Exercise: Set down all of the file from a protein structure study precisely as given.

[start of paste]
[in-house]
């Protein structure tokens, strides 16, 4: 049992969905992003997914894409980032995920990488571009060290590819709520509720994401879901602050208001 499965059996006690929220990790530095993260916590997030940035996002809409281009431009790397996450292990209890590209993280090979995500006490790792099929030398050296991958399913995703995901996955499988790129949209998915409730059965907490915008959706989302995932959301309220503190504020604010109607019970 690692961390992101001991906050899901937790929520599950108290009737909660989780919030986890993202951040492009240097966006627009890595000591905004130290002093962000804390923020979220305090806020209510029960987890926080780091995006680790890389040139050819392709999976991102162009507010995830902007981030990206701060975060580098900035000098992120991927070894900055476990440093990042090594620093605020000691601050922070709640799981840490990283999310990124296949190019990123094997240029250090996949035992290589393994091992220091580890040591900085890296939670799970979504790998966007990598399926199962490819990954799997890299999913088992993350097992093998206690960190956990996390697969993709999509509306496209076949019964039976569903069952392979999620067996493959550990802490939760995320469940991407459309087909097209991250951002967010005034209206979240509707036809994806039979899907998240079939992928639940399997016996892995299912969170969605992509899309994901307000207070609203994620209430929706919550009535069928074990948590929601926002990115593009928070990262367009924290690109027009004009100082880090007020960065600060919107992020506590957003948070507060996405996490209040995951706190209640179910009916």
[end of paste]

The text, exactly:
[in-house]
């Protein structure tokens, strides 16, 4: 049992969905992003997914894409980032995920990488571009060290590819709520509720994401879901602050208001 499965059996006690929220990790530095993260916590997030940035996002809409281009431009790397996450292990209890590209993280090979995500006490790792099929030398050296991958399913995703995901996955499988790129949209998915409730059965907490915008959706989302995932959301309220503190504020604010109607019970 690692961390992101001991906050899901937790929520599950108290009737909660989780919030986890993202951040492009240097966006627009890595000591905004130290002093962000804390923020979220305090806020209510029960987890926080780091995006680790890389040139050819392709999976991102162009507010995830902007981030990206701060975060580098900035000098992120991927070894900055476990440093990042090594620093605020000691601050922070709640799981840490990283999310990124296949190019990123094997240029250090996949035992290589393994091992220091580890040591900085890296939670799970979504790998966007990598399926199962490819990954799997890299999913088992993350097992093998206690960190956990996390697969993709999509509306496209076949019964039976569903069952392979999620067996493959550990802490939760995320469940991407459309087909097209991250951002967010005034209206979240509707036809994806039979899907998240079939992928639940399997016996892995299912969170969605992509899309994901307000207070609203994620209430929706919550009535069928074990948590929601926002990115593009928070990262367009924290690109027009004009100082880090007020960065600060919107992020506590957003948070507060996405996490209040995951706190209640179910009916």